There are a number of different professionals who may be involved in looking after your eye health. Some work in the community and some in hospital eye departments. If you have an eye condition, you can expect to have appointments with at least one of the following professionals.
Optometrists or ophthalmic opticians (often called opticians) usually work in high street practices or shops, or hospital eye departments.
They are qualified to examine your vision, prescribe glasses and detect eye conditions. If necessary, they can refer you to other health professionals. This referral might be done directly or via your GP (family doctor).
Optometrists are able to detect eye conditions and refer you to an ophthalmologist for diagnosis and treatment if it is needed. Optometrists are able to discuss your eye condition, how to look after your eyes and direct you to further support services if needed. Some optometrists may specialise in low vision and may help you with your low vision aids.
Dispensing opticians are qualified to fit and supply glasses, contact lenses and low vision aids.
Orthoptists are qualified to identify and treat certain eye conditions such as squints or double vision. They usually work in hospital eye departments and do lots of work with children, though they do work with people of all ages.
Ophthalmologists are specialist eye doctors who diagnose, treat and monitor eye conditions with medication and surgery. They usually work in hospital eye departments or clinics (often called ophthalmology departments).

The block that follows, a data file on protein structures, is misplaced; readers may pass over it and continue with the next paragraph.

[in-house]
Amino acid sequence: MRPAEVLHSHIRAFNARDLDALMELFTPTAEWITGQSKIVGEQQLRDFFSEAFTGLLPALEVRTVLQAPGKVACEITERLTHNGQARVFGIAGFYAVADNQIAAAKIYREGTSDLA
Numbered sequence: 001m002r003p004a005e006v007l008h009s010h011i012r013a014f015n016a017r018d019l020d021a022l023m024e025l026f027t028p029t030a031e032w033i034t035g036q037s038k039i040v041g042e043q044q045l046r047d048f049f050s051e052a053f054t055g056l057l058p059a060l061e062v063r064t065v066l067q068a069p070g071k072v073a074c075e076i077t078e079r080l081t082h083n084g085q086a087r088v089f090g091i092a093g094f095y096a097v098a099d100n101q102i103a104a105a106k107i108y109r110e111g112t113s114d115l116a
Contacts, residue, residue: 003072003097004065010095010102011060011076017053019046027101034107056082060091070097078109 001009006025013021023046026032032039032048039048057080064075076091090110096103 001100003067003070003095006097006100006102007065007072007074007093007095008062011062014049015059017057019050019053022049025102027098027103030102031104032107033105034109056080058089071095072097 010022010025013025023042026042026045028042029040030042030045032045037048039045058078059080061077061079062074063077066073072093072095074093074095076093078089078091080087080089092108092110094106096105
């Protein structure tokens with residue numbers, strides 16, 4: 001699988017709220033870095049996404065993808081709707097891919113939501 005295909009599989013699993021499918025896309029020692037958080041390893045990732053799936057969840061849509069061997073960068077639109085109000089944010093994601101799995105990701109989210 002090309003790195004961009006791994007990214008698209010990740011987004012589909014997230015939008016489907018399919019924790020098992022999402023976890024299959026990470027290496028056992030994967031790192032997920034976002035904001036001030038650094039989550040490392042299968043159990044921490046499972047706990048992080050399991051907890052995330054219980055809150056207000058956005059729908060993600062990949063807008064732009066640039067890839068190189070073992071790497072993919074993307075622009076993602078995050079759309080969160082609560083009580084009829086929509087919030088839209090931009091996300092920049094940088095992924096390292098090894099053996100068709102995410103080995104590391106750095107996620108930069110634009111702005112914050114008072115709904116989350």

Ophthalmologists are able to assess your vision and decide if your vision is eligible to be certified (CVI) and registered with your local social services.
Ophthalmic nurses receive special training in eye conditions and diseases on top of their general training. They may perform some of the tests at the hospital and some ophthalmic nurse specialists may perform treatments for certain eye conditions.
Eye Clinic Liaison Officers (ECLOs) are based in hospitals and provide a service for people who have been diagnosed with an eye condition. They are trained to help you deal with emotional and practical challenges you may face after you are diagnosed with an eye condition. This includes emotional support, quality information in accessible formats, help and information about the certification process, referrals for rehabilitation and referrals to the appropriate local and national services.